It was already precarious for civilians.The United Nations Assistance Mission in Afghanistan (UNAMA) announced in July that civilian casualties in Afghanistan hit record levels for the first half of 2021. The year could see the highest ever annual number of documented civilian casualties, UNAMA added.

Addressing the current crisis, Stéphane Dujarric, spokesperson for U.N. Secretary-General António Guterres, expressed concern Thursday about "the shift of fighting to urban areas, where the potential for civilian harm is even greater."

But war hawks' assertion that President Joe Biden's troop withdrawal is to blame is false, said Benjamin Friedman, policy director at Defense Priorities.

"The inability of the Afghan security services to hold territory in much of Afghanistan without U.S. assistance is not a reason to keep U.S. forces there—it is an indictment of the project that kept U.S. forces there so long," he said in a Monday statement. "The state-building mission failed, and building a capable military on top of a bad state foundation is nearly impossible."

The deteriorating situation has also elicited comparisons to U.S. troops leaving Vietnam in 1975, an analogy rejected as "lazy" analysis by Stephen Miles, executive director of Win Without War.

"I would love if just one of the politicians or pundits making this argument could point to where in the historical record the fall of Saigon led to the American public reversing their course in opposition to the war in Vietnam and supporting a renewed U.S. engagement in the war," he wrote in a Thursday Twitter thread. "Much like Afghanistan, the American public had long since concluded that the reason to exit the war was the war's very failure and futility."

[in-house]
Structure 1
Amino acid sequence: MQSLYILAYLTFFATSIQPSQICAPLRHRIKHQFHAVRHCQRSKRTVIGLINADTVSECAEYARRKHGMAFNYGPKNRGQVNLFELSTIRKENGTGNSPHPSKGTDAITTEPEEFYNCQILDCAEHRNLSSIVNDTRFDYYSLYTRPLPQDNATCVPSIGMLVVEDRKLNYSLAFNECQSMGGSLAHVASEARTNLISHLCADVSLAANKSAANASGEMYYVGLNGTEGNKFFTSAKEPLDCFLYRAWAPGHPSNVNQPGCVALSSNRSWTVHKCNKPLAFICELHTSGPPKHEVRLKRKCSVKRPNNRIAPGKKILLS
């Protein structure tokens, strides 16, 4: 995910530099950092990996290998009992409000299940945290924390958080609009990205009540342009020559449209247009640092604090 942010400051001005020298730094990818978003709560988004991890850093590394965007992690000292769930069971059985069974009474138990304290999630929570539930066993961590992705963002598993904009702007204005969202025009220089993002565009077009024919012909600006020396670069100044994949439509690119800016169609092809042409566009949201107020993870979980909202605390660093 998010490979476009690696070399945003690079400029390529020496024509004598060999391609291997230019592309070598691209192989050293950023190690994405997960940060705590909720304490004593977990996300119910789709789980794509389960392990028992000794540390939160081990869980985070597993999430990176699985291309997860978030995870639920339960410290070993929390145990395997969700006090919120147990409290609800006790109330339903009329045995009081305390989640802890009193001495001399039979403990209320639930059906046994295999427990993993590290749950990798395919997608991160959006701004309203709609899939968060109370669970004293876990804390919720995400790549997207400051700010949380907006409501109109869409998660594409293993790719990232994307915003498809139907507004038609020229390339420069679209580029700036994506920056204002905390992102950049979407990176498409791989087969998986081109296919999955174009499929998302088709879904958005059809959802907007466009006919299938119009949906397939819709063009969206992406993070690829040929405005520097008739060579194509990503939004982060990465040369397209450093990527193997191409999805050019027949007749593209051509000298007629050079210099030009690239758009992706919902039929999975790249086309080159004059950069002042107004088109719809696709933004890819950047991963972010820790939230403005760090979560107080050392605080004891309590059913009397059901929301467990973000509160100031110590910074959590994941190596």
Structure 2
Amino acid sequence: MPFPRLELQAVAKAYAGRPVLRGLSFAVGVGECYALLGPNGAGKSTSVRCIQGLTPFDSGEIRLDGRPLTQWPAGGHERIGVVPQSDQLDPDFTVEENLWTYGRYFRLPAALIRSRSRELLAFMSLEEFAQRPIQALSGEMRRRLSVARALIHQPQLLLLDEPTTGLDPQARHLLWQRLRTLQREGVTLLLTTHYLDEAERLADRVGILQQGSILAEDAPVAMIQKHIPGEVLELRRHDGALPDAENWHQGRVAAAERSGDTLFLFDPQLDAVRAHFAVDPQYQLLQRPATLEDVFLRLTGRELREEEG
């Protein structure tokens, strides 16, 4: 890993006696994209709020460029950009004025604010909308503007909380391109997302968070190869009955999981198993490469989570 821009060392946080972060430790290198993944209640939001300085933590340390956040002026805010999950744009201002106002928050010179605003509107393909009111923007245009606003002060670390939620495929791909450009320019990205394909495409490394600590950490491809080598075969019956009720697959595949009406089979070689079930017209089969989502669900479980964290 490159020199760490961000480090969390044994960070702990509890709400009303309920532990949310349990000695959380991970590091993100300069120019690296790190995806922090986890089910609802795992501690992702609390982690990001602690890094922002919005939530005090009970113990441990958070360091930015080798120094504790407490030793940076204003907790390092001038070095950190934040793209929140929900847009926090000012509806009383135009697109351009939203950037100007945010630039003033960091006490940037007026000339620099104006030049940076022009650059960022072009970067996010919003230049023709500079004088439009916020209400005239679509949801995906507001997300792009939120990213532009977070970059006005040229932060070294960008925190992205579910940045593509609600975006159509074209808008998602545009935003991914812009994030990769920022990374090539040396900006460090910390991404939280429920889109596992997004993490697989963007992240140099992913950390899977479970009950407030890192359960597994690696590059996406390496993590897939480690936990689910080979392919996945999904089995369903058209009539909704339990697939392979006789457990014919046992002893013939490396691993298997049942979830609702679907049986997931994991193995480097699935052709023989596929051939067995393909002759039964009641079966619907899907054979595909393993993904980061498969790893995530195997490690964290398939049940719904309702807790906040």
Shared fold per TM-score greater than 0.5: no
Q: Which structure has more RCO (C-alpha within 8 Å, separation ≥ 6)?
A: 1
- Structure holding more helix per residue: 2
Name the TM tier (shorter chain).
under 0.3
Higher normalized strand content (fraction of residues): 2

"Like most of America's military misadventures, no one will look back through history with anything but shame and sorrow for the human suffering wrought and the repeated failures of the U.S. war machine. That has long been true already of the public's view of the U.S. Afghan war," added Miles.

According to Rep. Ro Khanna (D-Calif.)—who called the Afghanistan war "a colossal waste of resources"—Biden was right to pull out troops. 

Speaking with Democracy Now! on Wednesday about the developing situation in Afghanistan, Khanna said that an attempt to prevent any "Taliban control over Afghanistan... was a fool’s errand."

As for what needs to happen now, Khanna said, "We need to do whatever we can with the international community and the regional community there to seek a ceasefire, to seek peace, to do what we can to uphold human rights, recognizing that the Taliban does violate human rights."

"We have to do the best we can in the circumstances," he said, "and we need to do the best we can for the civilians, including making sure that we are taking our share of asylum seekers from the area and that we’re doing what we can to provide water and basic necessities to the civilians through the international organizations."

Andrea Germanos is a senior editor and staff writer at Common Dreams.
@andreagermanos andrea@commondreams.org